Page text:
On the Film Festival Circuit: Missing in Brooks County

Jacob Bricca volunteered at Midpen Media when he was going to college. He learned how to schedule programs for airing and developed his film editing skills. Bricca remembers using the facility’s production equipment to finish up his college thesis film. He spent several long nights converting Hi8 cassette tapes to digital for the online version of his documentary short Escape From America. Now an award-winning documentary editor, Bricca is an associate professor at the University of Arizona’s School of Theatre, Film & Television and is a member of the American Cinema Editors.

Along with his wife Lisa Molomot and her producing partner Jeff Bemiss, Bricca wrapped up production of their documentary film, Missing in Brooks County, earlier this year. The film is currently showing at film festivals across the US, including locally at the United Nations Association Film Festival (UNAFF). It will make its broadcast debut next year as part of the PBS series “Independent Lens.”

Molomot and Bemiss were intrigued by a 2014 news story about the effects of U.S. immigration law on life in South Texas’ Brooks County. The filmmakers made 16 trips to the area; each time their understanding of the situation deepened. “Our knowledge of the issue, our connections with the locals who live its consequences every day, and our bond with two families who we filmed searching for their loved ones grew and grew,” says Bricca.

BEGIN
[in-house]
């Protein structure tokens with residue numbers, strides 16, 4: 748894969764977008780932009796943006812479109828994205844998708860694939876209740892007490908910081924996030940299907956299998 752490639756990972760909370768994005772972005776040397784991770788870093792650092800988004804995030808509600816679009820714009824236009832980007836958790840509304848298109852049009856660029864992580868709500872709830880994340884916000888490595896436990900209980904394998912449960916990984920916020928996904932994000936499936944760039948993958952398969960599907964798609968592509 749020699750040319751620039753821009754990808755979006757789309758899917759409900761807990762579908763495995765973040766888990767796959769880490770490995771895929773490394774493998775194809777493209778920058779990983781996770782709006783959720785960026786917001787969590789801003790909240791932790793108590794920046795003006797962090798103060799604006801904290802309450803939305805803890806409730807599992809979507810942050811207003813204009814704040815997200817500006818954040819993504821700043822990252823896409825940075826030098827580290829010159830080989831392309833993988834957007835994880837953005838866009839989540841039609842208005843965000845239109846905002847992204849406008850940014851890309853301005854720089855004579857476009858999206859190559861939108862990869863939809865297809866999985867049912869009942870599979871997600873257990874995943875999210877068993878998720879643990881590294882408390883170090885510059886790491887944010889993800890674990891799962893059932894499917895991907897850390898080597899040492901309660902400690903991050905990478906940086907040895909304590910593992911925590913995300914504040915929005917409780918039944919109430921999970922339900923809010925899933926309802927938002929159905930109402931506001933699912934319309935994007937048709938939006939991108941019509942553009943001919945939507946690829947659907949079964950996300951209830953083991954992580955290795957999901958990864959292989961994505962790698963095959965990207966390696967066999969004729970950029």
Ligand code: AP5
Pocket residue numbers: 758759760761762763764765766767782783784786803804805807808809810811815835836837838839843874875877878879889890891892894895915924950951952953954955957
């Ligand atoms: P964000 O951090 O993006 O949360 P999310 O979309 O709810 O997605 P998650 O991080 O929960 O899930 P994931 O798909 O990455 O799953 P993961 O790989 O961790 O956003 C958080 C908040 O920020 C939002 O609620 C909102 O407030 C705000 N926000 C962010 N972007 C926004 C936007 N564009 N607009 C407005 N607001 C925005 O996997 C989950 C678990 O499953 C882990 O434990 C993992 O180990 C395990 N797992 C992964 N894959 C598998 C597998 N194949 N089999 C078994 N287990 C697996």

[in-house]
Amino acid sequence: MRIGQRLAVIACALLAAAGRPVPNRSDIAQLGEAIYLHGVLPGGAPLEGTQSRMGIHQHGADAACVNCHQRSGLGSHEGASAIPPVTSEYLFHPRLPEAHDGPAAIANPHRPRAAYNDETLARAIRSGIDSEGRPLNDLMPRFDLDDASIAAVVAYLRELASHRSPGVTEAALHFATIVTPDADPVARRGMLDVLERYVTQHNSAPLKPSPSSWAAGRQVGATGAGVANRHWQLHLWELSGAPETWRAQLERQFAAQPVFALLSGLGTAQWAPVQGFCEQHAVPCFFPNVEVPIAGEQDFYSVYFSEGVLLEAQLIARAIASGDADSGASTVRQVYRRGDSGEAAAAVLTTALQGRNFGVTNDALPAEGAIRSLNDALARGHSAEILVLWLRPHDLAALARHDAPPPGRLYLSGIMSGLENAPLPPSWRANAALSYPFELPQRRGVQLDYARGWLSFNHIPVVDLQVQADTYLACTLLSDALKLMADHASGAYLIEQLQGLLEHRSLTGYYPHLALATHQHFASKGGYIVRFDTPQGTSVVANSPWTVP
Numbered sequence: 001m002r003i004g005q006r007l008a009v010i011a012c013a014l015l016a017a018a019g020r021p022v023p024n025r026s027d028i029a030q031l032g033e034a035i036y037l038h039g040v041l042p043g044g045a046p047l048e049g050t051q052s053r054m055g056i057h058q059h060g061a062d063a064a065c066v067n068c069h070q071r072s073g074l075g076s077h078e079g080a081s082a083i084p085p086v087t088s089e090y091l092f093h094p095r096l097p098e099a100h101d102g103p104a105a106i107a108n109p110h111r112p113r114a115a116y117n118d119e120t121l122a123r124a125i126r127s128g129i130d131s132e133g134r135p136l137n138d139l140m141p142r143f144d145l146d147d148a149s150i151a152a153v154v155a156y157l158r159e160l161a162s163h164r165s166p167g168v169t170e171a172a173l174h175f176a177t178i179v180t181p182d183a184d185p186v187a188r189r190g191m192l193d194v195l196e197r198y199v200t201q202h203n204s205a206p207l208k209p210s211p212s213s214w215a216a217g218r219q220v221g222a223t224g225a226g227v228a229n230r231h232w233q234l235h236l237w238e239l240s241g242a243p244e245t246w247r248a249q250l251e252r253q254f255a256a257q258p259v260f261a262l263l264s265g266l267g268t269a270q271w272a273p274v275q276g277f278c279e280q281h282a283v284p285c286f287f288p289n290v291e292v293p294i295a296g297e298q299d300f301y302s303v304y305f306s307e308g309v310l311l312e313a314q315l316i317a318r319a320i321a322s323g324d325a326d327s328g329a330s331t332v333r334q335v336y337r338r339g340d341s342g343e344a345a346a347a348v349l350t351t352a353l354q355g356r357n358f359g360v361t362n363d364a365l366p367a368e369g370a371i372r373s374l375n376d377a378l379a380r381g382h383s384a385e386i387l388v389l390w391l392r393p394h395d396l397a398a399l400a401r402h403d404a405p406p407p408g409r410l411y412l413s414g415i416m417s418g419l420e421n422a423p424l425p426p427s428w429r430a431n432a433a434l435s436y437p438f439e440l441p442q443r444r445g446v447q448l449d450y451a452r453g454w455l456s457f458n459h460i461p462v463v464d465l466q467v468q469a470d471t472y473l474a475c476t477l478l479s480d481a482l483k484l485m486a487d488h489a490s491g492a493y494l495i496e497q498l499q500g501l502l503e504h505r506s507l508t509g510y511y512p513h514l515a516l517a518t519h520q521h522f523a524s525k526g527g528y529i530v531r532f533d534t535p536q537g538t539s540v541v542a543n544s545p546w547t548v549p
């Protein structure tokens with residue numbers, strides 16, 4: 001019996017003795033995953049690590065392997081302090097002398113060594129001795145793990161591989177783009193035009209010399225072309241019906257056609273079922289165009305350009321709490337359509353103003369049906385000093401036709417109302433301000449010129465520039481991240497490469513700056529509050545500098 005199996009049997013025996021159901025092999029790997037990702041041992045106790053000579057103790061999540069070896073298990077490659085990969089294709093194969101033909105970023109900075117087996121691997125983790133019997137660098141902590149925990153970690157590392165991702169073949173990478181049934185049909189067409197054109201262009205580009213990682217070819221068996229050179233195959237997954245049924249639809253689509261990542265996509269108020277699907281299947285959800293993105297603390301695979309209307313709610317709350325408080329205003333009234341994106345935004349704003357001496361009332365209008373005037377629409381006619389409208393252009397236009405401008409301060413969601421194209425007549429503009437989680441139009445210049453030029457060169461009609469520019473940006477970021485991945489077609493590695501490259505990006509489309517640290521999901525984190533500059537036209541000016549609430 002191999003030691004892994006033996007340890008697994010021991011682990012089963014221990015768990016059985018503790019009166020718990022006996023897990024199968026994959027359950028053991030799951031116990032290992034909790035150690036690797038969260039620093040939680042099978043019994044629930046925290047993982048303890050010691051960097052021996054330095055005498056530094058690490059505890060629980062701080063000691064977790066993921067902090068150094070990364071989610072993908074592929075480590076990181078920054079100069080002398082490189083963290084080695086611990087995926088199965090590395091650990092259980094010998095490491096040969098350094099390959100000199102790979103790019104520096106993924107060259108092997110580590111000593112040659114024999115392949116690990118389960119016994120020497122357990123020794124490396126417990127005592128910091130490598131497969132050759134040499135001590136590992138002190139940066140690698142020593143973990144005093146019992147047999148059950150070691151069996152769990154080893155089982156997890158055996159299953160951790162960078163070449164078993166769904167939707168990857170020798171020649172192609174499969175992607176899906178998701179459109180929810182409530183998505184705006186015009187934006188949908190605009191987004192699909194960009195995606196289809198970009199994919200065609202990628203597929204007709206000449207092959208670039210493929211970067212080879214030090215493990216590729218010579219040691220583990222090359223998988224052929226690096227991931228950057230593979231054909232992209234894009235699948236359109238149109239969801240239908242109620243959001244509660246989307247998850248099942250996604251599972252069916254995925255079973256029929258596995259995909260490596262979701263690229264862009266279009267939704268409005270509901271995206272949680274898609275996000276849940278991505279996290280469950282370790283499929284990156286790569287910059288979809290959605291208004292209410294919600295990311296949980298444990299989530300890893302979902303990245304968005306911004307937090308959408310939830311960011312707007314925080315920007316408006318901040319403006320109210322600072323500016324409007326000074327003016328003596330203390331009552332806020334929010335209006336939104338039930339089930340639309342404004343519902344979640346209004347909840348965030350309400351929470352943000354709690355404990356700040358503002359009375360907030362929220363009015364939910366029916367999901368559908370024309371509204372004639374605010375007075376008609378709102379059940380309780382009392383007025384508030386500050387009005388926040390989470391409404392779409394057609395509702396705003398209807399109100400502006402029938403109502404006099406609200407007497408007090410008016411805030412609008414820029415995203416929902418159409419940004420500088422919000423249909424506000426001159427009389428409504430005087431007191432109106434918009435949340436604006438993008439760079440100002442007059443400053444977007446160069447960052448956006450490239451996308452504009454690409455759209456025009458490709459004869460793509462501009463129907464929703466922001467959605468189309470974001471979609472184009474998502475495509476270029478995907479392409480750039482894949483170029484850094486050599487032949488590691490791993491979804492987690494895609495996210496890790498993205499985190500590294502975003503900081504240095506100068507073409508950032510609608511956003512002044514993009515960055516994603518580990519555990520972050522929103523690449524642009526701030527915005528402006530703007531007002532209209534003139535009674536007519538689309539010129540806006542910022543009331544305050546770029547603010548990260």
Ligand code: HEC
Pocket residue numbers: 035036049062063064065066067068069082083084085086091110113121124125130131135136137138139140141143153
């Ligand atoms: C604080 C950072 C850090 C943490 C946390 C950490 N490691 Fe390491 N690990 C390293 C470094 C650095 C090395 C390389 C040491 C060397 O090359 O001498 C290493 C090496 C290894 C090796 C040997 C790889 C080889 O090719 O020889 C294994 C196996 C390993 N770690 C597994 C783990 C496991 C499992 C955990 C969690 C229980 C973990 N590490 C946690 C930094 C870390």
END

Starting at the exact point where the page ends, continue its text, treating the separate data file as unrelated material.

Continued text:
Although 70 miles from the US–Mexico border, Brooks County is home to a border patrol checkpoint that stands in the way of illegal immigrants making it any further north. Immigrants often encounter searing heat and inhospitable terrain as they try to circumvent the checkpoint. Some immigrants become lost, hurt, or even die on their journey through the county.

“As an audience member, you get to see the humanity of the border patrol officers and local sheriff’s deputies who deal with dead bodies and missing people on a daily basis,” says Bricca. “You get to see the families who are affected, you feel what Brooks County is like, and experience the heat of a blistering summer’s day.”

When the movie began to take shape, the filmmakers set up a website for the film. Through a web search, a missing immigrant’s family reached out to Bricca and his team. They were able to connect the family with help from the South Texas Human Rights Center. The family shared their journey and search in the documentary. “The quest to find their son ended up being one of the two main storylines of the film. It was really rewarding to get to meet this family and to help tell their story.”